On July 16, 1945, 35 miles southeast of Socorro, New Mexico, the world’s first nuclear weapon was detonated at 5:29 am.
The test was code-named Trinity by J. Robert Oppenheimer. There is no definitive explanation for why Oppenheimer chose the name, but it is widely believed to be a reference to John Donne’s Holy Sonnets: Batter my heart, three-person’d God.
Oppenheimer had previously been introduced to Donne’s work by his mistress, Jean Tatlock, before she committed suicide the year before Trinity.
Donne’s poem reads:
Upon witnessing the detonation, Oppenheimer recalled being inspired by a line from the Bhagavad-Gita: “Now I am become Death, the destroyer of worlds.”
It is unclear whether Oppenheimer actually uttered those words in the early morning hours of July 16, so perhaps the most memorial line from that day goes to another scientist on the project, director Kenneth Bainbridge:
Now we are all sons of bitches.
In a letter to Oppenheimer, Bainbridge later tried to clarify his words:
The reasons for my statement were complex but two predominated. I was saying in effect that we had all worked hard to complete a weapon which would shorten the war but posterity would not consider that phase of it and would judge the effort as the creation of an unspeakable weapon by unfeeling people. I was also saying that the weapon was terrible and those who contributed to its development must share in any condemnation of it. Those who object to the language certainly could not have lived at Trinity for any length of time.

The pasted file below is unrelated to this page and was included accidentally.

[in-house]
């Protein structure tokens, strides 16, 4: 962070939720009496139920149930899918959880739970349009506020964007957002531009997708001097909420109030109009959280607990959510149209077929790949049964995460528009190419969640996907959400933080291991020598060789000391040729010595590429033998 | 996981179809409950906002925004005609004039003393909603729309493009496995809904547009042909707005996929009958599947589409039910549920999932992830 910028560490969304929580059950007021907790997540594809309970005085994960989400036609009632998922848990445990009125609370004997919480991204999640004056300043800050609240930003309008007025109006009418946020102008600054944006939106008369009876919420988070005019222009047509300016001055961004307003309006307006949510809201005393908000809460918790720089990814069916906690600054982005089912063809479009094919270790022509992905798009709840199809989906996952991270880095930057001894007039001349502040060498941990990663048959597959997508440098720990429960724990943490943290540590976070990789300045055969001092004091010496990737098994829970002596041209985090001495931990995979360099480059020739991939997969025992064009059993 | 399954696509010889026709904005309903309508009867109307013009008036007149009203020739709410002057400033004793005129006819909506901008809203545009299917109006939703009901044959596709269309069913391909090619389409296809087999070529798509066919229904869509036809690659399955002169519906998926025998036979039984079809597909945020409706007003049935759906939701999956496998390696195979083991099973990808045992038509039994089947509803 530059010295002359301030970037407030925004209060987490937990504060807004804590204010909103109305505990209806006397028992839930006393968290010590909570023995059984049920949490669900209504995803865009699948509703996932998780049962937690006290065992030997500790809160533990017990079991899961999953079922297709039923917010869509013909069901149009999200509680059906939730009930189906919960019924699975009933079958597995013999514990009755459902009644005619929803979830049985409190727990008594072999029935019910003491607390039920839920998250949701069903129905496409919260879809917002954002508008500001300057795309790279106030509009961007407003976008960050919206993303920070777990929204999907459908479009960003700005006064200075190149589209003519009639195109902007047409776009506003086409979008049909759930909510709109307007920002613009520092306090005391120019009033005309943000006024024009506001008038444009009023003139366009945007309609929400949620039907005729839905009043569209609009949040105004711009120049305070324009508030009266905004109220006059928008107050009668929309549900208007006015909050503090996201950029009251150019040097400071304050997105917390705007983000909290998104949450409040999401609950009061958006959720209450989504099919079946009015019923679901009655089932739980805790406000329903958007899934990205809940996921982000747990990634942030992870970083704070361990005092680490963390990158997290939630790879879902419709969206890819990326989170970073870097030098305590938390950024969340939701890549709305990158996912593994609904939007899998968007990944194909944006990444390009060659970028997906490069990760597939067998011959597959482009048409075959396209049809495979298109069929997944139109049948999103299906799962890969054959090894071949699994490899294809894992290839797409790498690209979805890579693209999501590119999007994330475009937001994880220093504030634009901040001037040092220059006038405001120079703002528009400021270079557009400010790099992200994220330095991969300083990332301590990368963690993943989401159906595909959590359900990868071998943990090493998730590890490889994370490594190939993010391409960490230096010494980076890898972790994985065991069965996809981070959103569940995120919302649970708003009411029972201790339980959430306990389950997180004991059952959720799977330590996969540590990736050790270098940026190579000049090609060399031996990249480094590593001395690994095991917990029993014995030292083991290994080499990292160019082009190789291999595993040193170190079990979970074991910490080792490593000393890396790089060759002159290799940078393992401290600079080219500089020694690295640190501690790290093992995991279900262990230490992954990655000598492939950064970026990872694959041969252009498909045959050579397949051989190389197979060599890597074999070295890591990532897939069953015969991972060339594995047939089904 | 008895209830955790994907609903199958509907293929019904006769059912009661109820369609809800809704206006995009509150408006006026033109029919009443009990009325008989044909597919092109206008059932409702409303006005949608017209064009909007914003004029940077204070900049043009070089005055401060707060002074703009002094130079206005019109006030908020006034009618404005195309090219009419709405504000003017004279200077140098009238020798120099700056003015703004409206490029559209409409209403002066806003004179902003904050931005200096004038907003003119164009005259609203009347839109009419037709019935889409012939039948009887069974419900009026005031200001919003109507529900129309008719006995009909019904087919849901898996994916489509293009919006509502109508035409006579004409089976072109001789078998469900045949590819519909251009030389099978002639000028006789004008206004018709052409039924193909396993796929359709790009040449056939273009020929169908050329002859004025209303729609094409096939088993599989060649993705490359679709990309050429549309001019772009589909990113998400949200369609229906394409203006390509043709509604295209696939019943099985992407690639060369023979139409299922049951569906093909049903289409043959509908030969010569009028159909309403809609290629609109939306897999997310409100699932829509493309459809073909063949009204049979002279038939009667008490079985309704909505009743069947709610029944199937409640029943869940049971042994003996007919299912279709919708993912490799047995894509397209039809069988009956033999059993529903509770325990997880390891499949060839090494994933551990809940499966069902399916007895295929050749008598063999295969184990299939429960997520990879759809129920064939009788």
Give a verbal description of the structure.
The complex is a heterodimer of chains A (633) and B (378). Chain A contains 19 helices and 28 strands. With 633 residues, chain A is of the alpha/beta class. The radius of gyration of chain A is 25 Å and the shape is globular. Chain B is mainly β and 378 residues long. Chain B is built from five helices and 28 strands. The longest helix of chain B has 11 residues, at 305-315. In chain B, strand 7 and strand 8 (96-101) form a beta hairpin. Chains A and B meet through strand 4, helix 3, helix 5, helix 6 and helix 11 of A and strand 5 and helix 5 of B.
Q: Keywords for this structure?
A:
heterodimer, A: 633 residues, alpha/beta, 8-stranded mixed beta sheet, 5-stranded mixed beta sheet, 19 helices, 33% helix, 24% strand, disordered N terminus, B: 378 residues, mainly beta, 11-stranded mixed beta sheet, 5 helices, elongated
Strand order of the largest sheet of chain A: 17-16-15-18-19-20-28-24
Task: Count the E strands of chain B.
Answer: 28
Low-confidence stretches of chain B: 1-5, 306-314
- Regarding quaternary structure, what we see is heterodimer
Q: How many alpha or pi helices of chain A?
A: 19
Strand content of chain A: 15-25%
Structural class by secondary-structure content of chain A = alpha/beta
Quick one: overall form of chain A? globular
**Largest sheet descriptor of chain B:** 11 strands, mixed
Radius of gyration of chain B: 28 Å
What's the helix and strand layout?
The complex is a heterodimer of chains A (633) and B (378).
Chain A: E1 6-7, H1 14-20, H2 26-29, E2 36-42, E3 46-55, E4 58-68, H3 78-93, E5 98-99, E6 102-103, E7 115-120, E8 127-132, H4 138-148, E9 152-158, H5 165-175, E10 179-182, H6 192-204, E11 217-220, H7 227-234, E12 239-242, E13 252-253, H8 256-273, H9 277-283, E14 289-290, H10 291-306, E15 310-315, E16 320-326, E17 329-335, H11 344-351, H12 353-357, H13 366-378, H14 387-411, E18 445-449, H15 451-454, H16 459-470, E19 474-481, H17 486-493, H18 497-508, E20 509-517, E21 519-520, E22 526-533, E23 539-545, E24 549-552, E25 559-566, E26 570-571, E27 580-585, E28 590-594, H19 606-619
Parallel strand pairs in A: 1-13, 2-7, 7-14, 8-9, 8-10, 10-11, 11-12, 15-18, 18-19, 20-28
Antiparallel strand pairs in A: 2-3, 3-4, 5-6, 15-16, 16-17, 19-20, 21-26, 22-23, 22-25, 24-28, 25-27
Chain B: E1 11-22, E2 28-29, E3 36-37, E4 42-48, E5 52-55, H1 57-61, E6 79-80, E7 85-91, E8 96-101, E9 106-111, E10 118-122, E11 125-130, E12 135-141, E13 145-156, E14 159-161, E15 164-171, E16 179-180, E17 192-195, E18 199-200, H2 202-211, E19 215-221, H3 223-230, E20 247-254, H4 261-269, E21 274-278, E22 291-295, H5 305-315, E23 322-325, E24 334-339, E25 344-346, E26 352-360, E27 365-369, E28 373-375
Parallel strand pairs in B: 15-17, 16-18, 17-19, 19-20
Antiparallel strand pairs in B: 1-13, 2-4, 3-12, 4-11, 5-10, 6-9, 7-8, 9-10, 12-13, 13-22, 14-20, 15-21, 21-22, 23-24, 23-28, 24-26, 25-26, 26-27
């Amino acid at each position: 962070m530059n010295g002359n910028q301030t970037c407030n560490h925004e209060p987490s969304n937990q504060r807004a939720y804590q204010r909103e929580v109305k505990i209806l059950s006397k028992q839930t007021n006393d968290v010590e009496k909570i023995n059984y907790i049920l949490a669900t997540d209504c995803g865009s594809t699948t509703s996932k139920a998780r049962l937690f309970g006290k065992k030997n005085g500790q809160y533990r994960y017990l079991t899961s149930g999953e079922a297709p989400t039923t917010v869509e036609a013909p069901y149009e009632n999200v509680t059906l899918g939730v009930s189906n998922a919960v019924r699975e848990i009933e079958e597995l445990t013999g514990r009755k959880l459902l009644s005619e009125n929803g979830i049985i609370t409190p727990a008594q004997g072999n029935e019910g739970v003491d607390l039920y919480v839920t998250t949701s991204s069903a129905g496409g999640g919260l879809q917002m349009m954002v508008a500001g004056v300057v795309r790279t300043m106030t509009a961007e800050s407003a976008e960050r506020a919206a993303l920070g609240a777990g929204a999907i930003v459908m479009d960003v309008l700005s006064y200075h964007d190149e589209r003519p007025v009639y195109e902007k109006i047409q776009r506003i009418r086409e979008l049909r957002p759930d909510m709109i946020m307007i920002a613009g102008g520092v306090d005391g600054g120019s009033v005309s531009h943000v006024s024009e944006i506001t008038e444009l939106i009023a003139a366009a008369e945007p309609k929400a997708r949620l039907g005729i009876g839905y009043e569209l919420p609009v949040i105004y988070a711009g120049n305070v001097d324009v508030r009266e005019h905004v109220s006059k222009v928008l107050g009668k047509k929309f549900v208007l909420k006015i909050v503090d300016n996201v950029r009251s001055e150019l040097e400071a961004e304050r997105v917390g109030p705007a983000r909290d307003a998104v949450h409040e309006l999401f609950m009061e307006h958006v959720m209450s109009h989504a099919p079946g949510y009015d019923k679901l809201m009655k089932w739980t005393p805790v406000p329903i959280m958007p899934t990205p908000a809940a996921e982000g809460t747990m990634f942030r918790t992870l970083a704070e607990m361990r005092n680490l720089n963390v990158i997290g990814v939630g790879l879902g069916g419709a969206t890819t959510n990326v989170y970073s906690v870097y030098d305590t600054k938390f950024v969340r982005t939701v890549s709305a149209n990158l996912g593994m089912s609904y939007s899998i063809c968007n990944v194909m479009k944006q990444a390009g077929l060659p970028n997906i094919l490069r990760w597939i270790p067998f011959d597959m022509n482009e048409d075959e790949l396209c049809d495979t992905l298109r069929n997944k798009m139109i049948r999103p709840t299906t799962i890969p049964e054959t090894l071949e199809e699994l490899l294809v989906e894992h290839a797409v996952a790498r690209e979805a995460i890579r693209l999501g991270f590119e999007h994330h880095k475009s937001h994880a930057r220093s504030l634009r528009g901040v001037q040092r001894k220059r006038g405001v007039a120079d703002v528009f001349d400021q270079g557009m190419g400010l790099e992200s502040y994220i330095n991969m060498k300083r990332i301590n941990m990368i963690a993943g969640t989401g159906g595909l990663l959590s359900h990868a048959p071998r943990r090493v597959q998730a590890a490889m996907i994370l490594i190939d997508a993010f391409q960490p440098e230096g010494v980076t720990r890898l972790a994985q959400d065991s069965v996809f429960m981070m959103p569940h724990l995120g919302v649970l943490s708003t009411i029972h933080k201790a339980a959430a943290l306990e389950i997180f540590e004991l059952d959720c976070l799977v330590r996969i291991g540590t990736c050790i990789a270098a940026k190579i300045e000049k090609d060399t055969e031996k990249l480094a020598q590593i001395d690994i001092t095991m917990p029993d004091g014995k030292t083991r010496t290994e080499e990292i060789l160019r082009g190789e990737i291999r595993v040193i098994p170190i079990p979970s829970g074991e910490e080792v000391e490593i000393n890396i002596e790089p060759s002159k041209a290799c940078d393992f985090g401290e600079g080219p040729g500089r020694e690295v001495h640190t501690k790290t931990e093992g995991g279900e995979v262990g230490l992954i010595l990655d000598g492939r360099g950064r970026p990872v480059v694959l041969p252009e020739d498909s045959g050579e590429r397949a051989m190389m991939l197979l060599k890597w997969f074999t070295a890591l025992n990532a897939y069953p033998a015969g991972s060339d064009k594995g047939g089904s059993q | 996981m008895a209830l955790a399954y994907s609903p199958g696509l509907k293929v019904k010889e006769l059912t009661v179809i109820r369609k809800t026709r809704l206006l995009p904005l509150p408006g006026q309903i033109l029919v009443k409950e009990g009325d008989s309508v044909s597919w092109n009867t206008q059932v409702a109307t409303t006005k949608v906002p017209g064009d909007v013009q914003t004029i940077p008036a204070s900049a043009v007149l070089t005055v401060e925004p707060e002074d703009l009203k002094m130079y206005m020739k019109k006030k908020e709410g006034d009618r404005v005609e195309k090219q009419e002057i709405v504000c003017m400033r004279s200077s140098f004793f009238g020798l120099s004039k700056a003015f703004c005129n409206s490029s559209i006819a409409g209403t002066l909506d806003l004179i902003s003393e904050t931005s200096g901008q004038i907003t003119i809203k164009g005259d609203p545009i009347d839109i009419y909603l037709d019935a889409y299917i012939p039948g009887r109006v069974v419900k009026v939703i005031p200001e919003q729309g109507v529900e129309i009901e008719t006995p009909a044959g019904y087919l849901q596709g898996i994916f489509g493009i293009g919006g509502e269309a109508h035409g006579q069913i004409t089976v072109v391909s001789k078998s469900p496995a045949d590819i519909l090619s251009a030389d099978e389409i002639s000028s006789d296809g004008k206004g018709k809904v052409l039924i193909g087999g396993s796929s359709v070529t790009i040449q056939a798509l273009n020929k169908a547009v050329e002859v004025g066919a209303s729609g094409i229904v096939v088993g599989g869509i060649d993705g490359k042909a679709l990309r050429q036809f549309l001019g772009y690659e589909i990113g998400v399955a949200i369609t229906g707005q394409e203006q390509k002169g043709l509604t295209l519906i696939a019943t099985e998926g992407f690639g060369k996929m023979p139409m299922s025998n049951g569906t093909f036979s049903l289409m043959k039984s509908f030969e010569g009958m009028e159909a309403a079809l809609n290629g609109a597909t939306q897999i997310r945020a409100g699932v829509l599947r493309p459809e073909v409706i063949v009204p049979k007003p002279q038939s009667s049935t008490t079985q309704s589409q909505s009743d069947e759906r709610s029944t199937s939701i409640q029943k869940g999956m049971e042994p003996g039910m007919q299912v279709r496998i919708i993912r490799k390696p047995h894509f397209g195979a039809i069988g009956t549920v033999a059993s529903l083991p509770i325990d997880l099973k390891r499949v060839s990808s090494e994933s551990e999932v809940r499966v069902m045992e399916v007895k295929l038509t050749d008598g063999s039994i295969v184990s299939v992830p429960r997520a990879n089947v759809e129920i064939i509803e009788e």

In the May 1975 issue of Bulletin of the Atomic Scientists, Bainbridge shares Oppenheimer’s reply:
Years later [Oppenheimer] recalled my words and wrote me, “We do not have to explain them to anyone.” I think I will always respect his statement, although there have been some imaginative people who somehow can’t or won’t put the statement in context and get the whole interpretation. Oppenheimer told my younger daughter in 1966 that it was the best thing anyone said after the test.
In the same article, Bainbridge describes the detonation in careful detail:
The bomb detonated at T = 0 = 5:29:45 a.m. I felt the heat on the back of my neck, disturbingly warm. Much more light was emitted by the bomb than predicted, the only important prediction which was off by a good factor. When the reflected flare died down, I looked at Oscuro Peak which was nearer Zero. When the reflected light diminished there I looked directly at the ball of fire through the googles. Finally I could remove the goggles and watch the ball of fire rise rapidly. It was surrounded by a huge cloud of transparent purplish air produced in part by the radiations from the bomb and its fission products. No one who saw it could forget it, a foul and awesome display.
A few weeks later, the United States dropped atomic weapons on Hiroshima and then Nagasaki; shaking the world with their devastation.
The U.S. won the war, but the horrors unleashed by humanity that day can never be put back in the box. We made something great and terrible; a remarkable tribute to the accomplishments of science and tragic testament to the destructive power of mankind.
Now we are all sons of bitches indeed.